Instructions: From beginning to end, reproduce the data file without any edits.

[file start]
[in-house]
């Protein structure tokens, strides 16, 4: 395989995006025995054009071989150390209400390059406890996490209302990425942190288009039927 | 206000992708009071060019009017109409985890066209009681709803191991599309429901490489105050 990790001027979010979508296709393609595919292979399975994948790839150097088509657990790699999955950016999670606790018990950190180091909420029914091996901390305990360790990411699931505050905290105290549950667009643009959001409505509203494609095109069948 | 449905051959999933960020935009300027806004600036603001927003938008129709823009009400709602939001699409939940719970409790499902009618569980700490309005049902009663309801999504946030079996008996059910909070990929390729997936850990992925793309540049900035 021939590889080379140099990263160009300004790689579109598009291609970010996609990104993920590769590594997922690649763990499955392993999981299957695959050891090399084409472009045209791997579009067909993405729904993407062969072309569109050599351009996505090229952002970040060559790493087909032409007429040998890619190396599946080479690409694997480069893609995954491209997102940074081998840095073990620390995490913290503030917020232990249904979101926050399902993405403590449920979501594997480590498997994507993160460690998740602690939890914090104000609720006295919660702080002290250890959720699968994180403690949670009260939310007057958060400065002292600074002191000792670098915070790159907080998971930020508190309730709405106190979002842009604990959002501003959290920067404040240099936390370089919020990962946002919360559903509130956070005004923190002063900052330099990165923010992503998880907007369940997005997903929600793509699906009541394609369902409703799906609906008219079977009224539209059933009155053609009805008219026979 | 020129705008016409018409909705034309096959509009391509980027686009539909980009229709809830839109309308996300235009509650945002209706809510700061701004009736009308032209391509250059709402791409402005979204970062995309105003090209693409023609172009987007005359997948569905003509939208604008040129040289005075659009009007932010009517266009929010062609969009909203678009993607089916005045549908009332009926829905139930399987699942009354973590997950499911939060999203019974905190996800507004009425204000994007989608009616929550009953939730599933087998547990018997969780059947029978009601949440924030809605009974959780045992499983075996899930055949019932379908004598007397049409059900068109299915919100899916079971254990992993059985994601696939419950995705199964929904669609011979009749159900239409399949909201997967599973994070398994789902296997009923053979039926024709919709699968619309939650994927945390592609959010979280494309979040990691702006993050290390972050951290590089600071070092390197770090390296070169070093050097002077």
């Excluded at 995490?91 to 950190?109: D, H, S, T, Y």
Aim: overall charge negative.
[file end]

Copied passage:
[in-house]
């Protein structure tokens, strides 16, 4: 395989995006025995054009071989150390209400390059406890996490209302990425942190288009039927 | 206000992708009071060019009017109409985890066209009681709803191991599309429901490489105050 990790001027979010979508296709393609595919292979399975994948790839150097088509657990790699999955950016999670606790018990950190180091909420029914091996901390305990360790990411699931505050905290105290549950667009643009959001409505509203494609095109069948 | 449905051959999933960020935009300027806004600036603001927003938008129709823009009400709602939001699409939940719970409790499902009618569980700490309005049902009663309801999504946030079996008996059910909070990929390729997936850990992925793309540049900035 021939590889080379140099990263160009300004790689579109598009291609970010996609990104993920590769590594997922690649763990499955392993999981299957695959050891090399084409472009045209791997579009067909993405729904993407062969072309569109050599351009996505090229952002970040060559790493087909032409007429040998890619190396599946080479690409694997480069893609995954491209997102940074081998840095073990620390995490913290503030917020232990249904979101926050399902993405403590449920979501594997480590498997994507993160460690998740602690939890914090104000609720006295919660702080002290250890959720699968994180403690949670009260939310007057958060400065002292600074002191000792670098915070790159907080998971930020508190309730709405106190979002842009604990959002501003959290920067404040240099936390370089919020990962946002919360559903509130956070005004923190002063900052330099990165923010992503998880907007369940997005997903929600793509699906009541394609369902409703799906609906008219079977009224539209059933009155053609009805008219026979 | 020129705008016409018409909705034309096959509009391509980027686009539909980009229709809830839109309308996300235009509650945002209706809510700061701004009736009308032209391509250059709402791409402005979204970062995309105003090209693409023609172009987007005359997948569905003509939208604008040129040289005075659009009007932010009517266009929010062609969009909203678009993607089916005045549908009332009926829905139930399987699942009354973590997950499911939060999203019974905190996800507004009425204000994007989608009616929550009953939730599933087998547990018997969780059947029978009601949440924030809605009974959780045992499983075996899930055949019932379908004598007397049409059900068109299915919100899916079971254990992993059985994601696939419950995705199964929904669609011979009749159900239409399949909201997967599973994070398994789902296997009923053979039926024709919709699968619309939650994927945390592609959010979280494309979040990691702006993050290390972050951290590089600071070092390197770090390296070169070093050097002077």
């Excluded at 995490?91 to 950190?109: D, H, S, T, Y």
Aim: overall charge negative.